Eleven years old and a writer of nine published books out of a twelve-book series?

Amelia Hansen’s Catrina Series centers around a cat named Catrina who has various adventures. How does Amelia decide where to send Catrina? She spins the globe, and wherever her finger lands, that’s where Catrina will go. Amelia’s already decided that for her tenth book, her cat will be off to Japan.

Not too many of us can juggle college and writing. Rebekah Koontz attends college and also started writing early. About her characters, she asks herself, “What is the best thing that could happen?” “What is the worst thing that could happen?” She is currently working on a novel but has already won a college short story contest.

The age span of our writers in the High Desert Branch of the California Writers Club is broad and, members believe, unique. A recent panel moderated by Dwight Norris, President, presented members Amelia Hansen, Rebekah Koontz, in her early twenties, Amy Burnett and June Langer, four months apart in age, but both ninety-six. These writers have several characteristics in common:  All live in the high desert of California, all are published and/or award-winning writers, and all are Christians.

Writer’s Club panel: Amelia Hansen, Rebekah Koontz, Amy Burnett, and June Langer

June Langer had been attending CWC member Janis Bram’s Sun City writing critique group for a number of years. Janis is a retired secondary English teacher and published writer with a Master’s Degree in Writing Composition. Because her group was dwindling, June suggested Janis lead a new group. Janis happily agreed, and the women named themselves “Wise Women Writers” at their first meeting and set up a schedule. June has been published in High Desert Writers Club anthologies and in The View, the Sun City monthly magazine. She calls herself a “late bloomer,” because she didn’t start to write for publication until her eighties. June is working on her memoir, “Bits and Pieces,” which contains stories of The Chicago World’s Fair and her family’s first refrigerator,

Wise Woman Writer Amy Burnett, whose short story, “Trains and Dresses on a Summer Day,” won first place in the Prose category in our branch’s latest anthology, Tales Between Sand and Stars recently moved into Sun City. She’s been writing all her life, and her short story, “My Stolen Ancestor” was included in Saturday Evening Post Best Short Stories of 2015. Amy fictionalizes some of the stories from her own life, but some “are completely new as they arrive in my head.”

Nothing keeps these writers who consider themselves life-long learners from writing and learning more about their craft. All are proficient on the computer for both writing and research and love the convenience. Rebekah jokingly asked, “What is newsprint?” and loves how her IPAD and phone give her access from anywhere. Amy cuts and pastes and appreciates how she can make corrections easier, read back and delete mistakes.

Amelia found the writers club through a brochure at the Hesperia Library and Amy saw an ad in the paper. Rebekah and June were brought by friends.

When asked how each handled writer’s block, June said she did something else besides write. Rebekah talks to someone else, and Amelia heads for her globe to find a new place and think about what her main character can do there.

These writers have several characteristics in common:  All live in the high desert of California, all are published and/or award-winning writers, and all are Christians.

All find the writer’s club “inspirational,” “fun,” and a “good outlet.” To acquire more young members all had suggestions. Rebekah recommended posters in schools and using social media. We need to “go where kids go.” Amy agreed, but added we should have a sign saying, “Food Available!” June said to “tell your friends who have children.”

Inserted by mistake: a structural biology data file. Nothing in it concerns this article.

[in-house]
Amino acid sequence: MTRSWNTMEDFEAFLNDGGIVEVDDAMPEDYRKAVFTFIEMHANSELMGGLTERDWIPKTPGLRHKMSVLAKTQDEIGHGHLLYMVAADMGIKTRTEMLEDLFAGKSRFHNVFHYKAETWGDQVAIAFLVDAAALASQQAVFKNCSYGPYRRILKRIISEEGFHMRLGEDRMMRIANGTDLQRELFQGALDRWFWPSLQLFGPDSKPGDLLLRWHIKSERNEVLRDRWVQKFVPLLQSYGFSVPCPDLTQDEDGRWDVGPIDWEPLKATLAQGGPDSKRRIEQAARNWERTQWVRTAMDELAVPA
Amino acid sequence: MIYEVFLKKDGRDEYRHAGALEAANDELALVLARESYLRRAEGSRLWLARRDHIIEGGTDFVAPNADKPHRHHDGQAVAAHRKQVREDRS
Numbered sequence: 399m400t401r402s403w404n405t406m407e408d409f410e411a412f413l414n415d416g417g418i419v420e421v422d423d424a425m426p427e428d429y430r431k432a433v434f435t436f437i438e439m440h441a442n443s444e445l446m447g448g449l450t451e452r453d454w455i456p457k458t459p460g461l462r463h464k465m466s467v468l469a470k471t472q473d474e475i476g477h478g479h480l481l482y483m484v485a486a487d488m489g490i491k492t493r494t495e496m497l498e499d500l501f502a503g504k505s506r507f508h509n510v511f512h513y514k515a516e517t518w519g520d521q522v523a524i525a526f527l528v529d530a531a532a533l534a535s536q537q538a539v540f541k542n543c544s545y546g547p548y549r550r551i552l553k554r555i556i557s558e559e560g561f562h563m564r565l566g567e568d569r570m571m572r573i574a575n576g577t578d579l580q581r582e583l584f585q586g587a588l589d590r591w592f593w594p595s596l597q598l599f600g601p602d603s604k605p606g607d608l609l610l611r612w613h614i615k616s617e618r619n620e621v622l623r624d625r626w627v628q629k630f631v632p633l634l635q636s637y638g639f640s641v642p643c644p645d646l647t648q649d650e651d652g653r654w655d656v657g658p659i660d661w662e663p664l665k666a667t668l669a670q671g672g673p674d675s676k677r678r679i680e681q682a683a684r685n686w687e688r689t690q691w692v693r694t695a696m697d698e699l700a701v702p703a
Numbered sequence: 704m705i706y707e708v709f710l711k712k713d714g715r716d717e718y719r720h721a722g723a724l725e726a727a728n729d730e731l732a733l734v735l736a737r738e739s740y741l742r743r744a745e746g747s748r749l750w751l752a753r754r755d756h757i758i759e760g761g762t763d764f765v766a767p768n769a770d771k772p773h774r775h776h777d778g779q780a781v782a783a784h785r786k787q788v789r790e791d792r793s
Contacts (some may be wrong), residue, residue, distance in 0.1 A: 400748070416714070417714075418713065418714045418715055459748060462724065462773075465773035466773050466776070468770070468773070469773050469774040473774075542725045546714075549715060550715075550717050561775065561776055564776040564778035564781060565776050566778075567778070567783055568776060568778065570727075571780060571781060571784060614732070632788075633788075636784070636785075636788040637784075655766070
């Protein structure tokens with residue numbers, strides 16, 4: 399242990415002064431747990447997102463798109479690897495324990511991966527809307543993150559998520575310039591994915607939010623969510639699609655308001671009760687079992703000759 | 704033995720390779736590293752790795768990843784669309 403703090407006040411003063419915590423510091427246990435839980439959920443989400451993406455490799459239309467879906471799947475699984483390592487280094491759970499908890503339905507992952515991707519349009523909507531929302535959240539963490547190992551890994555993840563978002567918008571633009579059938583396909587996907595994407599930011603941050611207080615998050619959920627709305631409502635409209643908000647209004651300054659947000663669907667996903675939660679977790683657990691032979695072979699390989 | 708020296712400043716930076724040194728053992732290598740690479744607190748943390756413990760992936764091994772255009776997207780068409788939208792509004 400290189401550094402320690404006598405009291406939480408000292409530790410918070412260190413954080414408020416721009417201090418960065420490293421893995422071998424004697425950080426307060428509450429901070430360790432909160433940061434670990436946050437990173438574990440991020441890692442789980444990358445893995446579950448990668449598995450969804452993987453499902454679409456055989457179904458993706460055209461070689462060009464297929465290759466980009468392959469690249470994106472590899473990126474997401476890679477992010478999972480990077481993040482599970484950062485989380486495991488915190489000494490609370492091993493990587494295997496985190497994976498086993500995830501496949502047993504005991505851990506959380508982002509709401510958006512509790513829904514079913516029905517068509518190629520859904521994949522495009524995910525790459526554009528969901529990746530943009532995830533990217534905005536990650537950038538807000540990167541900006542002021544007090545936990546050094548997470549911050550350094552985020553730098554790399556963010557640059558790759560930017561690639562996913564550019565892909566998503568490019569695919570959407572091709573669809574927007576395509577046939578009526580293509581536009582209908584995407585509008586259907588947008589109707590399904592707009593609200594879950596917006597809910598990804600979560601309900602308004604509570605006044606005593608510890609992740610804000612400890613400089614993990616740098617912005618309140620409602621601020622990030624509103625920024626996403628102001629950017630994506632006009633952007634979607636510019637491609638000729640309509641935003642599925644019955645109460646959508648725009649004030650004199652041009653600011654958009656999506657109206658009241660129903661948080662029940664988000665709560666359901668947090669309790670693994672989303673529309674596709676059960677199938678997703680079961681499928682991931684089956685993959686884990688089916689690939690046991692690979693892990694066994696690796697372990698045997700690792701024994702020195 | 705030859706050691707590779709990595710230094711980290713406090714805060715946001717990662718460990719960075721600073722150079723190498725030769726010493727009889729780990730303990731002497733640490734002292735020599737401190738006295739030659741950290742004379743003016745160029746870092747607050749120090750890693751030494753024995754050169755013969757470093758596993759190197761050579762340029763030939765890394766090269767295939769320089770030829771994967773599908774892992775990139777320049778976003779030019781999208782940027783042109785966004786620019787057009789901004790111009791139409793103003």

When asked to tell the weirdest or most uncommon place they get their ideas, Amelia said usually from the globe, but “sometimes outer space movies.” Rebekah admitted to getting some of her ideas in the shower. June says ideas sometimes “seem to come from the clear blue sky” when, for example, she remembers something from childhood. Amy said once, at 2:00 a.m. close to Christmas, she thought of a six-year-old boy who knows Santa doesn’t exist but thinks his parents still believe. She took an idea and “turned it around.”

Each writer entertained and enthralled the audience by reading a passage from their writing. Amelia read from her book, “Catrina and the Long Lost Legend.” Rebekah read her humorous short story, “My Phone Was Stolen, and You’ll Never Guess Who Did It.” Amy read from her short story, “Snowfall,” a romance in which “characters keep their clothes on,” and June read “Musing,” a history of  Fig Newtons and the town of Zion, Illinois where many live who believe the world is flat.

Our club has every reason to be proud of these women who believe getting down stories, fiction, and nonfiction, matters. Fellow writers were encouraged to “Sail On,” our club motto or to keep moving forward no matter what our age.

Amelia Hansen’s books are available on Amazon.com, and the High Desert California Writer’s Club meets the second Saturday of every month throughout the year at Jess Ranch Community Church in Apple Valley.



Mary Langer Thompson is an award-winning poet and writer and was the 2012 Senior Poet Laureate of California. A retired school principal and former secondary English teacher, Langer is also an active member of the High Desert California Writers Club and the Director of the Dorothy C. Blakely Memoir Project. She is pleased to announce that the Project has received a Partners in Educational Excellence Program Award for 2018-19 by the Association of California School Administrators, Region 12, and has been nominated for a state award by that organization as well.
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